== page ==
Origins of the classic sports car
The Porsche 911 is widely recognised as the quintessential sports car. As a distinguished motorsport icon, the Porsche 911 has developed deep roots into the lives of Porsche and motorsport enthusiasts alike.
Initially, the Porsche 911 was due to be called the 901, in relation to its design number. However, in the mid 1960s, Porsche chose the number 911 instead. The brilliance of the 911 was not a creation forged by chance - the unmistakable design was derived by Ferdinand Porsche in 1963, when Porsche needed to replace the 356. In 1964, the original Porsche 911 came into production in the form of the 901 and the icon was born. Almost 60 years later, the legend of the Porsche 911 lives on.
Technology, the key to success?
Over time, many technical components have changed. However, the distinctive flyline still pays homage to the original model and continues to be recognised across the world. Throughout the 911’s history, there has been a variety of key refinements to this iconic shape. Over time, both drivetrain, transmission and suspension features on the Porsche 911 have been adapted with modern technological advancements.
In 2008, Porsche introduced its famous dual clutch automatic transmission (PDK) as an option on the Porsche 911 997, a landmark change for Porsche and competing sports car brands in the 21st Century. This decade from 1998 to 2008 was fruitful for the Porsche 911. It saw Porsche’s heralded Active Suspension Management (PASM) introduced with the Porsche 911 Carrera S in 2005, which is now a standard feature on all current Porsche models. This allowed for everyday driving to be as comfortable as possible and performance driving to be as exhilarating as required.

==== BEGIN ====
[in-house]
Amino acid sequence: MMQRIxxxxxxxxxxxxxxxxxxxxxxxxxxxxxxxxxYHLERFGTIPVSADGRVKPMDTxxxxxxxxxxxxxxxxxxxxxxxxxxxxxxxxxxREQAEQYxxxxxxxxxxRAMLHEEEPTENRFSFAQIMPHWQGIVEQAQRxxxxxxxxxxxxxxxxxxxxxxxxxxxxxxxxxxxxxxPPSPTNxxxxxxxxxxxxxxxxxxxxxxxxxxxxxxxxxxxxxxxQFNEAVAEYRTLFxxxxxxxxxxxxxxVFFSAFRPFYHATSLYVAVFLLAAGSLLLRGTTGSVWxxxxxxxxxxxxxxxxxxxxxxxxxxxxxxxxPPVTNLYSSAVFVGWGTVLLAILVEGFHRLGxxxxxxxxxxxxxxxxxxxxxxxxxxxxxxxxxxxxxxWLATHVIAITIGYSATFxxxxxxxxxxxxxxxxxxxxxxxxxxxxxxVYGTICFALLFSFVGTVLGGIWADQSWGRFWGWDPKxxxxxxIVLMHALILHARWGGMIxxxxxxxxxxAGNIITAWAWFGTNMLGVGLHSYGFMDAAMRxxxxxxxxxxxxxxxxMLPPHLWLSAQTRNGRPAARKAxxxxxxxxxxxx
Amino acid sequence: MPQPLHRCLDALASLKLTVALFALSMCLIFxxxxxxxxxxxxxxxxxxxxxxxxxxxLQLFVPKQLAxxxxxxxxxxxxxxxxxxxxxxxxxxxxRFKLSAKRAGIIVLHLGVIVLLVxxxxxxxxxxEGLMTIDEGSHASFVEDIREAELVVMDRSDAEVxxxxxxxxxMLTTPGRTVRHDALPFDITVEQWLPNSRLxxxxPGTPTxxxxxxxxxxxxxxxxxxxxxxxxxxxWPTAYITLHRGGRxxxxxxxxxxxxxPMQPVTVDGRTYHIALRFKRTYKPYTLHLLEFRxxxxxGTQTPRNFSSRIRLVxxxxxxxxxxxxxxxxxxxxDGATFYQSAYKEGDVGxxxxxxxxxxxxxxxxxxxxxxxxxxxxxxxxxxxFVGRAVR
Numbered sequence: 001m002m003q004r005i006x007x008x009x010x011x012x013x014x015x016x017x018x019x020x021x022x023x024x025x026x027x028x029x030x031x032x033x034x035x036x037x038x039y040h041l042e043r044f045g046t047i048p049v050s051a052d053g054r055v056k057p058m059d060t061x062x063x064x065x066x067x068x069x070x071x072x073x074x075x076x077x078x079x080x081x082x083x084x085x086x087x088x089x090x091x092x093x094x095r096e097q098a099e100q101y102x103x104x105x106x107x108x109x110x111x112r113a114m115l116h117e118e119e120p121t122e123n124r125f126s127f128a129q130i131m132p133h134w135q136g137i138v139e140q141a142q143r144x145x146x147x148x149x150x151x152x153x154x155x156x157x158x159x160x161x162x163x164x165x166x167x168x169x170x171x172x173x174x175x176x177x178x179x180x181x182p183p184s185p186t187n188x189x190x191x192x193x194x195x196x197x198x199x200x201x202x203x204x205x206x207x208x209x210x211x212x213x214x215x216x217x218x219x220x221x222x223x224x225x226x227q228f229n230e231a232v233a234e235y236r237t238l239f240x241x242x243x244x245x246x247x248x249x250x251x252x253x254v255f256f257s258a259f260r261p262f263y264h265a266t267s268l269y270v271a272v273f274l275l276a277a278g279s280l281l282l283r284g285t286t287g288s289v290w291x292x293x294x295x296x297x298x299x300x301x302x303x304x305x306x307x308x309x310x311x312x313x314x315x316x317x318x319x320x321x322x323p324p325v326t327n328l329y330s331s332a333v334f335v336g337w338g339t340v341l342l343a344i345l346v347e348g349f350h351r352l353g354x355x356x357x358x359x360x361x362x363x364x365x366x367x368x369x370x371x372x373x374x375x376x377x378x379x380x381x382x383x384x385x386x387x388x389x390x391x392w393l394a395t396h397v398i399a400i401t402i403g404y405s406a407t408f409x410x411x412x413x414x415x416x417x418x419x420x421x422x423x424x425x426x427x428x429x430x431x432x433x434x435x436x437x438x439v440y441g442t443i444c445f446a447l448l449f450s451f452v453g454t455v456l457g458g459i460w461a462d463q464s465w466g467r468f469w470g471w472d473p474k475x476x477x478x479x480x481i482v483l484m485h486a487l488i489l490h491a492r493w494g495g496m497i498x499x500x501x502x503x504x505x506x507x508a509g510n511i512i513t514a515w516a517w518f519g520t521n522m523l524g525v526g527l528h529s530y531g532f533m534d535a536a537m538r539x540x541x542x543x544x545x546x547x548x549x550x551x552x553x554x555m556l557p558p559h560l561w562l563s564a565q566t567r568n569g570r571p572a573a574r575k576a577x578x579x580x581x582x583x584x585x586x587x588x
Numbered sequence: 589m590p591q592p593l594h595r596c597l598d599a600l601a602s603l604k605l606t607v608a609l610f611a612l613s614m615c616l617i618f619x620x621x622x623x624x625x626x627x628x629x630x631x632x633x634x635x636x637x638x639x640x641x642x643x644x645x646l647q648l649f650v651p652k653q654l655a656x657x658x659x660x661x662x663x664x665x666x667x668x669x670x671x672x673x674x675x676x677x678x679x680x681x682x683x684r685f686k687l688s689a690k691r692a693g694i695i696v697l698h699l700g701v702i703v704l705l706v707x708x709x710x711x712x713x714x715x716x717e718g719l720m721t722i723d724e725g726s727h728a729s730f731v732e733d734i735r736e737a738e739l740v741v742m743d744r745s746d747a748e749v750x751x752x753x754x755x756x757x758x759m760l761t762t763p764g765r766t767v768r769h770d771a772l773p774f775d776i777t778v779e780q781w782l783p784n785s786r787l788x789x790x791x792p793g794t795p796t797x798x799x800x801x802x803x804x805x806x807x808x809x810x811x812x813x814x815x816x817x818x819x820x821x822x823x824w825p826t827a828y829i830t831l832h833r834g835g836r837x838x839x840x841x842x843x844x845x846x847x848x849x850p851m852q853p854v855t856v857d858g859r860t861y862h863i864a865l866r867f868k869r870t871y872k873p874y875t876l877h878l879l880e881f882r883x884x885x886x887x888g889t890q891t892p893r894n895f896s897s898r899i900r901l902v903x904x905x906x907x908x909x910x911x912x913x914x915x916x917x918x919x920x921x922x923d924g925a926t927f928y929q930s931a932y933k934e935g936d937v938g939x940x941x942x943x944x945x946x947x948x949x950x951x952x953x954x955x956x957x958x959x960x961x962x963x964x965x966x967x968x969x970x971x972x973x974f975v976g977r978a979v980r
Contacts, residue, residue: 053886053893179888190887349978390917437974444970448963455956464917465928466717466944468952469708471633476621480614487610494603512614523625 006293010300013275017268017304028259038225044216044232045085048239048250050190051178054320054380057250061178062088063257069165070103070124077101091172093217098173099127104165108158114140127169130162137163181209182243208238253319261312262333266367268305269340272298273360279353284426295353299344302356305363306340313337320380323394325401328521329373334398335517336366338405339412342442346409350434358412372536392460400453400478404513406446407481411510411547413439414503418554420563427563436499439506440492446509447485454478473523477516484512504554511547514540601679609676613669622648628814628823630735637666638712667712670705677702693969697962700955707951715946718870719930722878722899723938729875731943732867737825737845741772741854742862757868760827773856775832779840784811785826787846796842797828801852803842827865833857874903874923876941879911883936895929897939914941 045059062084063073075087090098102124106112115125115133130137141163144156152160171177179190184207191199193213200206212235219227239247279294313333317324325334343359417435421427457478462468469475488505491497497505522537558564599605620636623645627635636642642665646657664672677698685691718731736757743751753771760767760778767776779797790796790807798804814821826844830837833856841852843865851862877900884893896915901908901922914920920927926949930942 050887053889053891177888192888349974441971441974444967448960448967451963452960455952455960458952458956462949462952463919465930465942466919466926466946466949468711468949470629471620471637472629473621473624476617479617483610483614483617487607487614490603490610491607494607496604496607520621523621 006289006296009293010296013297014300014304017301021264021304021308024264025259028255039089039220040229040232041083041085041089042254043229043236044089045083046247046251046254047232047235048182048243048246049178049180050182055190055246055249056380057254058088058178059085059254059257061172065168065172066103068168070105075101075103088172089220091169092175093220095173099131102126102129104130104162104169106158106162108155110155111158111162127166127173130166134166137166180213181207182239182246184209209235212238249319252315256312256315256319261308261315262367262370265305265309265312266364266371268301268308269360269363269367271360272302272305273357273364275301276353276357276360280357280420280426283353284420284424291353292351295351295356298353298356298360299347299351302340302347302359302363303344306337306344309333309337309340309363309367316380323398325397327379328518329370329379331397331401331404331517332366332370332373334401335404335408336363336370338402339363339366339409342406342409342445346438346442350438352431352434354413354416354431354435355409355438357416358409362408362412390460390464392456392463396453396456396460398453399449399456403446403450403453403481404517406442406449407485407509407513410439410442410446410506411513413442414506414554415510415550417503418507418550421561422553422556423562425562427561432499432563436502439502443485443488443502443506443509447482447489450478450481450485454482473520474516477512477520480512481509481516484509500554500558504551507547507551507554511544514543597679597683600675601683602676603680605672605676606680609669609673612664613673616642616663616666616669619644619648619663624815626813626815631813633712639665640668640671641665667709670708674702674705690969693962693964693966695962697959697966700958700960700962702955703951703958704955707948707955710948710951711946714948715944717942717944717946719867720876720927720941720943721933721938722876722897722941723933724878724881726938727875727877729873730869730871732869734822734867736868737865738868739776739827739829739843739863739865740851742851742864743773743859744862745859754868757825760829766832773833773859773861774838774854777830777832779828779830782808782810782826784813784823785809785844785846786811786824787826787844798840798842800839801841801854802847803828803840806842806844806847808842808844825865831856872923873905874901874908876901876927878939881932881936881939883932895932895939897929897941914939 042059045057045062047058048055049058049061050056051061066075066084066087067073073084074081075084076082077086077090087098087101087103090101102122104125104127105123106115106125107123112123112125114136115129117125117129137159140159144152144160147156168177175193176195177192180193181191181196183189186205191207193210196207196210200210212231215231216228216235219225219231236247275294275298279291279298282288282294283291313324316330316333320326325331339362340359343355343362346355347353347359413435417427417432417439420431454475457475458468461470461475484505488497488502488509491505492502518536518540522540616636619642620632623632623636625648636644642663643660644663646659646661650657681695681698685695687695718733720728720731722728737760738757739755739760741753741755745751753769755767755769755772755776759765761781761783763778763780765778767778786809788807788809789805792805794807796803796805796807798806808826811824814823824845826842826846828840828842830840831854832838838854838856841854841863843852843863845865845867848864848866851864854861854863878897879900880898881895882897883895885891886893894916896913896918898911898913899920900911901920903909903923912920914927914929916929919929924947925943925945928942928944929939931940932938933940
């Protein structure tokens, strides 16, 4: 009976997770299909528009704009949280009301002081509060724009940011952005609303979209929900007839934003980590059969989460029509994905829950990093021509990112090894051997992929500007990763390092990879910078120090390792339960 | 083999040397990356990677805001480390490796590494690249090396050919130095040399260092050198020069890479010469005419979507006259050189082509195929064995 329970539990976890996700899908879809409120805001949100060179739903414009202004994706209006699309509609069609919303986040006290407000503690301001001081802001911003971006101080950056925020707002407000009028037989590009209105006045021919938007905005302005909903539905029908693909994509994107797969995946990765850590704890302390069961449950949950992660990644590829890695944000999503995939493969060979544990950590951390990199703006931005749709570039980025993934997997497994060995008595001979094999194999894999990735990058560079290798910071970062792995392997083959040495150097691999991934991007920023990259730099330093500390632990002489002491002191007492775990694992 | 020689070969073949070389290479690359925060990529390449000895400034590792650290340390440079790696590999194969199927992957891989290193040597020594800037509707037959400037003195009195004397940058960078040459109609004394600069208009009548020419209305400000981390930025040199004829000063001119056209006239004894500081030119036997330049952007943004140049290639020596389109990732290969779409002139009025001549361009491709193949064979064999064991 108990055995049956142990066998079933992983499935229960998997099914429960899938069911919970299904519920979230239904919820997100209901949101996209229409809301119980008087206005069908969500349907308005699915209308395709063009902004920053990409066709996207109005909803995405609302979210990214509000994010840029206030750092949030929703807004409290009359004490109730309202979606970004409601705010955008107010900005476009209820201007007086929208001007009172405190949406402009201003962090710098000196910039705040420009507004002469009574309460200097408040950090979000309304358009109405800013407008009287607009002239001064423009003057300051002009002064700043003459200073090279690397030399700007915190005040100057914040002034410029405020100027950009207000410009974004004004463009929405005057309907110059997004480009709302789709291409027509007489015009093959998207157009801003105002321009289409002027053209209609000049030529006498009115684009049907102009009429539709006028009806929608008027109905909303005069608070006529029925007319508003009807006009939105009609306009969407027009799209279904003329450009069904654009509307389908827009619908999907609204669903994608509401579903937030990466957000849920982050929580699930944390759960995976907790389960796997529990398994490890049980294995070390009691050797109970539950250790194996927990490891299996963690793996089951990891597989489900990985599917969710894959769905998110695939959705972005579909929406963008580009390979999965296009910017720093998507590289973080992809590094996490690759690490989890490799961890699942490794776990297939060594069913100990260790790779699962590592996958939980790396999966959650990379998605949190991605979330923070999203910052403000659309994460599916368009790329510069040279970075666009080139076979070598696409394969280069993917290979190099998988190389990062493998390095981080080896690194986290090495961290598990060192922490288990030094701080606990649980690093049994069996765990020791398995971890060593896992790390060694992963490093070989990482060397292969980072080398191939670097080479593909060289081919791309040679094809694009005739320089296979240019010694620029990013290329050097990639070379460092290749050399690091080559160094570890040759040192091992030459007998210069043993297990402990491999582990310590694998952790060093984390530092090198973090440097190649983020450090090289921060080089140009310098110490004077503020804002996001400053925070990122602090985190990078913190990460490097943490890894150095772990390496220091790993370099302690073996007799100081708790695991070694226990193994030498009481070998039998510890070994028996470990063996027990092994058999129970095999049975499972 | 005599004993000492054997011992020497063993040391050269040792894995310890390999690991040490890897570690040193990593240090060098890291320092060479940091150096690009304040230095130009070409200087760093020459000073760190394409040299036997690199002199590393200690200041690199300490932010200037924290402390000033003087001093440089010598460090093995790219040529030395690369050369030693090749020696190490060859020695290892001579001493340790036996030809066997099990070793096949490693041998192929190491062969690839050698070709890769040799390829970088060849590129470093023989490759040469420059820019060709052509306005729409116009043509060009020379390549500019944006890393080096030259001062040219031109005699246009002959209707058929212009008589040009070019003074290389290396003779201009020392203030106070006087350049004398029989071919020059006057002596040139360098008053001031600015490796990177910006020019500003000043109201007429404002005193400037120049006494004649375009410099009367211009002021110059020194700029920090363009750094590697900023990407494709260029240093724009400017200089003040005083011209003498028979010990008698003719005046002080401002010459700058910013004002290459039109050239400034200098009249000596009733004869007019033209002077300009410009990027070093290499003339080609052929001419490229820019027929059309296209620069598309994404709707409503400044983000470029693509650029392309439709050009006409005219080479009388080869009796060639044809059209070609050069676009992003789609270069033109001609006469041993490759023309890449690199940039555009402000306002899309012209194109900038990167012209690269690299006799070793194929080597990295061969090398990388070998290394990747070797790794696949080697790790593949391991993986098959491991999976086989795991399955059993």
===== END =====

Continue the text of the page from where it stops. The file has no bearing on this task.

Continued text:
Possibly the most important part of the history of the Porsche 911 is the company’s reliance on the flat six engine. In the beginning, the flat six was a 2.0 litre air-cooled engine. Only in 1998, with the introduction of the Porsche 911 996, did Porsche stray away from traditional air-cooled flat-six engines, making the Porsche 911 993 produced from 1994-1998 one of the most sought after models. The flat-six engine was the ideal choice to fit the Porsche 911’s centre of gravity, creating a sporty driving style. Mounting the flat-six engines at the back of the chassis allowed for greater traction when accelerating. This has not changed to this day and remains an integral part of the Porsche 911’s construct.
Take your pick
Whilst the Porsche 911 is a recursive model, there have been notable special editions and derivatives. The first ‘GT’ Porsche was released in 1999 to replace the 911 Carrera RS 2.7. This 911 GT3 RS was the first blood of Porsche’s track-oriented version of the 911 and has been a coveted Porsche model ever since. The excitement surrounding Porsche 911 GT products is profound, with the launch of the latest Porsche 911 GT3 RS creating unprecedented demand at a time when supply has become increasingly limited.
Between 1965 and 2022, there have been over 10 derivatives of the 911. The latest edition of the 911, the 992, has unquestionably maintained the Porsche 911’s pedigree. With over 20 different model variants available, you may wonder which is best for you? Here at Porsche Centre Bristol, our dedicated Porsche experts will guide you through the process, where together, we will help find you the perfect Porsche 911. We think that sometimes the best decisions require some spontaneity. So, book a test drive today to experience what over 50 years of sports car heritage feels, sounds and performs like.
The Porsche 911 has always been the best choice for sports car enthusiasts, not a compromise.
*Data determined in accordance with the Worldwide Harmonized Light Vehicles Test Procedure (WLTP) as required by law. You can find more information on WLTP at www.porsche.com/wltp . For Plug-in Hybrid Electric Vehicle (PHEV) range and Equivalent All Electric Range (EAER) figures are determined with the battery fully charged, using a combination of both battery power and fuel.
Values are provided for comparison only. To the extent that fuel and energy consumption or CO₂ values are given as ranges, these do not relate to a single, individual car and do not constitute part of the offer. Optional features and accessories can change relevant vehicle parameters such as weight, rolling resistance and aerodynamics which may result in a change in fuel or energy consumption and CO₂ values. Vehicle loading, topography, weather and traffic conditions, as well as individual driving styles, can all affect the actual fuel consumption, energy consumption, electrical range, and CO₂ emissions of a car.
** Important information about the all-electric Porsche models can be found here